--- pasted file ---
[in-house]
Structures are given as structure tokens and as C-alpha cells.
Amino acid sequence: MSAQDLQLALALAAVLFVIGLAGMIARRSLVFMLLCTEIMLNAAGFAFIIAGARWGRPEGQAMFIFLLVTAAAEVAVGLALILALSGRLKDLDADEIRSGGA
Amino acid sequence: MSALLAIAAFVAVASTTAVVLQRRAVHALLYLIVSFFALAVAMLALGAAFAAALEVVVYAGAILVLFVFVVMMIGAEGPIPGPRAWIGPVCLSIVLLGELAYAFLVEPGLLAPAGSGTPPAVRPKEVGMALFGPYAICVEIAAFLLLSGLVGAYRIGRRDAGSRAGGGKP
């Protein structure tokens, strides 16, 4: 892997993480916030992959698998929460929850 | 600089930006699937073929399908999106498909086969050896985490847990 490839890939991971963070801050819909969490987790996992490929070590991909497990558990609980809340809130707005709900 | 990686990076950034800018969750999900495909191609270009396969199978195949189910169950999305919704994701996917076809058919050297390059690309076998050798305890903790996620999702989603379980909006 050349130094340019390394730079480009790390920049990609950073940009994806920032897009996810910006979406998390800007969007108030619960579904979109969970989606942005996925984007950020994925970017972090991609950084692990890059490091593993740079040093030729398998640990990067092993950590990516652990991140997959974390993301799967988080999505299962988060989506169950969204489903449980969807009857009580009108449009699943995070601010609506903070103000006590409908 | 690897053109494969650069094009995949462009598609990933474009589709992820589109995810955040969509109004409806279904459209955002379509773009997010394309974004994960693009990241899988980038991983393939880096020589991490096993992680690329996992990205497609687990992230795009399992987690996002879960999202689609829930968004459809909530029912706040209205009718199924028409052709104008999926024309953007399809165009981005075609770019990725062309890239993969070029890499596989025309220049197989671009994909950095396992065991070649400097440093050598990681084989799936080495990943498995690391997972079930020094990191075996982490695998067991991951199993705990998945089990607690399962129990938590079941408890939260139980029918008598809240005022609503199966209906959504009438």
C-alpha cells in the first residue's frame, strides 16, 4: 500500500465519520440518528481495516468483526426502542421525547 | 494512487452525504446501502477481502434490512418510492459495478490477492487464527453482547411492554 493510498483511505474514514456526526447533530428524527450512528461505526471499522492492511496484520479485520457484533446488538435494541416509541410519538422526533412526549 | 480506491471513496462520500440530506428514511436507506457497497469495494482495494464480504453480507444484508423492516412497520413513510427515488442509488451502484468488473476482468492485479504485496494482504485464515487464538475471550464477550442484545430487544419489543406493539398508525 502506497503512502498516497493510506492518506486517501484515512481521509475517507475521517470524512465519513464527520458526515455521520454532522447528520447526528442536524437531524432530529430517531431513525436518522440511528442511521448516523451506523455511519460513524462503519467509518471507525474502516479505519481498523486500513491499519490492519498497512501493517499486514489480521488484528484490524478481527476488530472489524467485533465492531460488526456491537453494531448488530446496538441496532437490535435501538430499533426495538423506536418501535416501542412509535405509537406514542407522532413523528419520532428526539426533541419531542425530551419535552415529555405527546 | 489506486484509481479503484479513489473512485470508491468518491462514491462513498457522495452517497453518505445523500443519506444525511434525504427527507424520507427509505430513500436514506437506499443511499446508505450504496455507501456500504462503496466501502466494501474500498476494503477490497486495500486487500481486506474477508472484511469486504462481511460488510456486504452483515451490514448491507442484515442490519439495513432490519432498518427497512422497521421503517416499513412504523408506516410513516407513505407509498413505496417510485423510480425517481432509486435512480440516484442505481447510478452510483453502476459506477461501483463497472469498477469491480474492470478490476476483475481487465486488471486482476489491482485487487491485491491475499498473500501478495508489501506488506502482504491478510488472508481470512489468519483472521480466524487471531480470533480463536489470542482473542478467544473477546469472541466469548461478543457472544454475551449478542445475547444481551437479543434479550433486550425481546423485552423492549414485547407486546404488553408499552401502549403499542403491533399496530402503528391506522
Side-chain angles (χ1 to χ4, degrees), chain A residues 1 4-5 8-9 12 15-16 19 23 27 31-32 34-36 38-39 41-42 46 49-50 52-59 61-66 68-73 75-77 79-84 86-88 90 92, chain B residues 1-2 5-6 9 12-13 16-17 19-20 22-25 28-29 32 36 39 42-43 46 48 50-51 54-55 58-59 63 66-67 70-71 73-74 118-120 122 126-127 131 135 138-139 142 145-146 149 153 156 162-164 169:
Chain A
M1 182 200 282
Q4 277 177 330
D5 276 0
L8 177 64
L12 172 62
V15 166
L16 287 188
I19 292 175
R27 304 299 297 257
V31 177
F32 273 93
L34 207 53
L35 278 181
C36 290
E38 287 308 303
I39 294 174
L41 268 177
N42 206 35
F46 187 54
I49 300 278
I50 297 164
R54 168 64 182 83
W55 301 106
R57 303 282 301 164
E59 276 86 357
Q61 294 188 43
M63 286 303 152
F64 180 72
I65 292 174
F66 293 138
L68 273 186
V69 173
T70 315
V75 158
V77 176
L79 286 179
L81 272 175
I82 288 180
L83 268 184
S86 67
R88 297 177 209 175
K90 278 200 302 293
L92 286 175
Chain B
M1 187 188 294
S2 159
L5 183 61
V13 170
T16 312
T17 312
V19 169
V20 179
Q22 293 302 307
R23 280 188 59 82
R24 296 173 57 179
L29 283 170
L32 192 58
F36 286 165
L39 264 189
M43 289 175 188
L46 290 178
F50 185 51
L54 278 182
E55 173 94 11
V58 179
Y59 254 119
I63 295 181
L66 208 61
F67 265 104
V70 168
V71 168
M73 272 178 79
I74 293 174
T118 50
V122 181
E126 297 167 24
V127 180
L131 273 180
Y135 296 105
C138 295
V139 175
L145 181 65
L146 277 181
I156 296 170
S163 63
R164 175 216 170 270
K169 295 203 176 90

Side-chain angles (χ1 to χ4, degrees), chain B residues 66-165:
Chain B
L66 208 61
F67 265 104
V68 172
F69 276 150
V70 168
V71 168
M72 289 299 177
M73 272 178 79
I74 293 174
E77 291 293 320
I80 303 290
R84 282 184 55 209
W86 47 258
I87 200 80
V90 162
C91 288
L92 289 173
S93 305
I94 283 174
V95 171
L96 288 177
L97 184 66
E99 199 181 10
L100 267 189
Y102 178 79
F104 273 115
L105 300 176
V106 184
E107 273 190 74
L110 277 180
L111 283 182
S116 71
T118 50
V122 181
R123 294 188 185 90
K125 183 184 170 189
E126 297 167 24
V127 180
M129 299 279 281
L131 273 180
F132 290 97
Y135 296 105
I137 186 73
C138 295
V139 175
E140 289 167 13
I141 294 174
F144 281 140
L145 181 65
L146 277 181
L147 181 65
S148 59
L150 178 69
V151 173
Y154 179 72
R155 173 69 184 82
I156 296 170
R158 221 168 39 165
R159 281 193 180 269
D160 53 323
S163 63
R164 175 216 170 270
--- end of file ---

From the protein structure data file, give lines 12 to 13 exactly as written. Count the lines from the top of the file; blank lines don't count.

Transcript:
L8 177 64
L12 172 62